Home News Order for PIC to recoup R4.3bn set aside

Order for PIC to recoup R4.3bn set aside


“In my view, it follows that the issuing of the compliance is a nullity and stands to be set aside.”

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AN UNPRECEDENTED move by the Companies and Intellectual Property Commission (CIPC) to force the Public Investment Corporation (PIC) to recoup its
R4.3 billion investment in AYO Technology Solutions was procedurally unfair and unlawful, a court has found.

In the North Gauteng High Court yesterday, Judge Cornelius van der Westhuizen granted a ruling in favour of the PIC and dismissed the counter application by CIPC with costs.

On February 21, CIPC had issued a compliance notice compelling the PIC to recover the money from AYO within 15 days.

The notice was challenged in court by the PIC and AYO, in separate applications.

In respect of AYO’s application, which had sought to challenge the compliance notice on different grounds, the judge said it was rendered moot because judgment had been granted in favour of the PIC in its application.

It was accordingly removed from the roll.

In his judgment, Judge Van der Westhuizen said it was common cause that no fair hearing had been afforded to the PIC in respect of the possibility of issuing a compliance notice.

He added that at no stage did the PIC agree to the decision or the issuing of the compliance notice.

He said CIPC had conceded to this in oral argument during court proceedings and the CIPC was obliged to afford the PIC a fair hearing prior to issuing the compliance notice.

“In my view, it follows that the issuing of the compliance is a nullity and stands to be set aside.”

The judge was also of the view that CIPC’s counter application to have the compliance notice reviewed or modified could not be upheld because no valid notice had been issued.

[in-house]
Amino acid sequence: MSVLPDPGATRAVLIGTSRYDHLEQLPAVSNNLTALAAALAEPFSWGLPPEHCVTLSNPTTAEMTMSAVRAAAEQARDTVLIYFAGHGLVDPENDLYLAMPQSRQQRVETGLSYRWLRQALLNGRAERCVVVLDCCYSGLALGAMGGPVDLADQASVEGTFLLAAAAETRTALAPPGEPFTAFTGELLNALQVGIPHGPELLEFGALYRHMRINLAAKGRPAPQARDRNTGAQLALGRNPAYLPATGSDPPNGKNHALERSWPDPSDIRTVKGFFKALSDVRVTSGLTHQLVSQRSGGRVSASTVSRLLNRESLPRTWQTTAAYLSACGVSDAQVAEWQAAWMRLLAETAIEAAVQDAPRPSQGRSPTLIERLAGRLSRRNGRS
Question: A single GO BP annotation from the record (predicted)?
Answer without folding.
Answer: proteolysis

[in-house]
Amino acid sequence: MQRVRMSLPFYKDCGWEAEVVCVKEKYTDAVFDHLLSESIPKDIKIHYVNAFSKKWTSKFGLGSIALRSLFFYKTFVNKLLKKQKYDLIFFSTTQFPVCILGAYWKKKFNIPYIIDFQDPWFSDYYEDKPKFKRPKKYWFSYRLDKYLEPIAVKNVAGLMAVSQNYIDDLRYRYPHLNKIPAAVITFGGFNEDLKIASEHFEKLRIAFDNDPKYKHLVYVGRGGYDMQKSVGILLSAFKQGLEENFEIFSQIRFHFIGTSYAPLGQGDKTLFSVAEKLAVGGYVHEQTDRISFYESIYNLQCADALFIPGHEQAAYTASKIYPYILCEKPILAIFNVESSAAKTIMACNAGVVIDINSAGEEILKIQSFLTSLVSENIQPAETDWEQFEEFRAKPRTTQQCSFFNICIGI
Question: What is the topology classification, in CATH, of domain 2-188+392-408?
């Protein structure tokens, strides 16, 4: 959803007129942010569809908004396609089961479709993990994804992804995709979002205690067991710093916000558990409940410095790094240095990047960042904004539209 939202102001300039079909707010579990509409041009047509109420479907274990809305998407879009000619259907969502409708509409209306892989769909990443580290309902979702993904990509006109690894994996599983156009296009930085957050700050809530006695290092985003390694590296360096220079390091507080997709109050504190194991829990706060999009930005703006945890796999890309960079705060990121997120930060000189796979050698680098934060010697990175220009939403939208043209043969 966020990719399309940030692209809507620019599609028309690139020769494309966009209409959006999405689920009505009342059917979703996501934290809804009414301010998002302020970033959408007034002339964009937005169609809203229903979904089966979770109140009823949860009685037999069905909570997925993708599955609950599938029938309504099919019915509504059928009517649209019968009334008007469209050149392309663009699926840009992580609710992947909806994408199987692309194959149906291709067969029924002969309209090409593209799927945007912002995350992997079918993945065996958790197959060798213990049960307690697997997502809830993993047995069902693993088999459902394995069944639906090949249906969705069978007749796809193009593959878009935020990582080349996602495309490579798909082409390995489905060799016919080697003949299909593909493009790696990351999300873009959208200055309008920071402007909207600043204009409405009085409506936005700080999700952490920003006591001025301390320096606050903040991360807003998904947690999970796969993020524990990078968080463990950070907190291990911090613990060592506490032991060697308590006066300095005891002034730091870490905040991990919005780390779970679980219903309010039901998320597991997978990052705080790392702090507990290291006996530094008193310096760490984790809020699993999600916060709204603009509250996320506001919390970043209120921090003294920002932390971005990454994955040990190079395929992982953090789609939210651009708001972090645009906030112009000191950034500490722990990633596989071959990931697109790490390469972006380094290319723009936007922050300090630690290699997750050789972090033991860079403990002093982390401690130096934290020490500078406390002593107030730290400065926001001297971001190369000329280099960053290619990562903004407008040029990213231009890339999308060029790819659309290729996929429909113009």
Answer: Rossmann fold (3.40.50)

Commenting on the judgment, Deon Botha, the head of corporate affairs at the PIC, said they welcomed the decision granted in its favour.

“The court acknowledged that most of the issues that PIC raised against CIPC were conceded by CIPC and these issues included absence of a fair procedure; irrational decision taken by CIPC; and the existence of material factual errors in CIPC’s notice,” said Botha.

He added that the only issue in dispute was whether the issued compliance notice was defective and stood to be set aside, or whether it ought to be suspended pending a review of that notice in the normal course.

“In that regard, the court made an important finding that CIPC failed to afford the PIC a constitutional right to be heard prior to issuing the notice. This rendered the notice invalid and null and void.”

He added that the PIC remained committed to carry out to conclusion the steps that it had already taken to recover the invested funds without any delay.

Howard Plaatjes, the chief executive of AYO Technology Solutions, said they welcomed the outcome of both court cases.

“AYO is pleased with the outcome. The company once again re-asserts that the investment the PIC made into the holding group during the listing remains sound. AYO has made significant strides forward with an established solid base, along with a number of good acquisitions and investments,” he said.

CIPC did not respond to emails or calls for comment.

– Ayanda Mdluli